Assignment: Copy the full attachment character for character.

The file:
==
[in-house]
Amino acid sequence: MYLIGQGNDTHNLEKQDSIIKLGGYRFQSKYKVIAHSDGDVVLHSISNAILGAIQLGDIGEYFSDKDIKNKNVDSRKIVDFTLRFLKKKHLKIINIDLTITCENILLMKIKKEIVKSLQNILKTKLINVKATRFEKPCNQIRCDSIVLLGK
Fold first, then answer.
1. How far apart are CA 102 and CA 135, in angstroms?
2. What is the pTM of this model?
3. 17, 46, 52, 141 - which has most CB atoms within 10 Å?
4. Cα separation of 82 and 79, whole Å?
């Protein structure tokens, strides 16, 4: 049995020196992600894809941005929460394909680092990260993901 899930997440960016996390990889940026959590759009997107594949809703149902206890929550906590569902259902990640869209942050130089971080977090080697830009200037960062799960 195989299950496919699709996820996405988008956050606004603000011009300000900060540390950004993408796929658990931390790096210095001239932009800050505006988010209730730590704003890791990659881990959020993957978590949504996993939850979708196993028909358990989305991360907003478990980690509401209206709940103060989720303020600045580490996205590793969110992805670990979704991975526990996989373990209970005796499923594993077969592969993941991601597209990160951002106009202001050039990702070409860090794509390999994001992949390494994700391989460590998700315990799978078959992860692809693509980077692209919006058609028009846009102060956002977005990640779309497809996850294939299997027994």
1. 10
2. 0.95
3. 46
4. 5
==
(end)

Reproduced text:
[in-house]
Amino acid sequence: MYLIGQGNDTHNLEKQDSIIKLGGYRFQSKYKVIAHSDGDVVLHSISNAILGAIQLGDIGEYFSDKDIKNKNVDSRKIVDFTLRFLKKKHLKIINIDLTITCENILLMKIKKEIVKSLQNILKTKLINVKATRFEKPCNQIRCDSIVLLGK
Fold first, then answer.
1. How far apart are CA 102 and CA 135, in angstroms?
2. What is the pTM of this model?
3. 17, 46, 52, 141 - which has most CB atoms within 10 Å?
4. Cα separation of 82 and 79, whole Å?
């Protein structure tokens, strides 16, 4: 049995020196992600894809941005929460394909680092990260993901 899930997440960016996390990889940026959590759009997107594949809703149902206890929550906590569902259902990640869209942050130089971080977090080697830009200037960062799960 195989299950496919699709996820996405988008956050606004603000011009300000900060540390950004993408796929658990931390790096210095001239932009800050505006988010209730730590704003890791990659881990959020993957978590949504996993939850979708196993028909358990989305991360907003478990980690509401209206709940103060989720303020600045580490996205590793969110992805670990979704991975526990996989373990209970005796499923594993077969592969993941991601597209990160951002106009202001050039990702070409860090794509390999994001992949390494994700391989460590998700315990799978078959992860692809693509980077692209919006058609028009846009102060956002977005990640779309497809996850294939299997027994």
1. 10
2. 0.95
3. 46
4. 5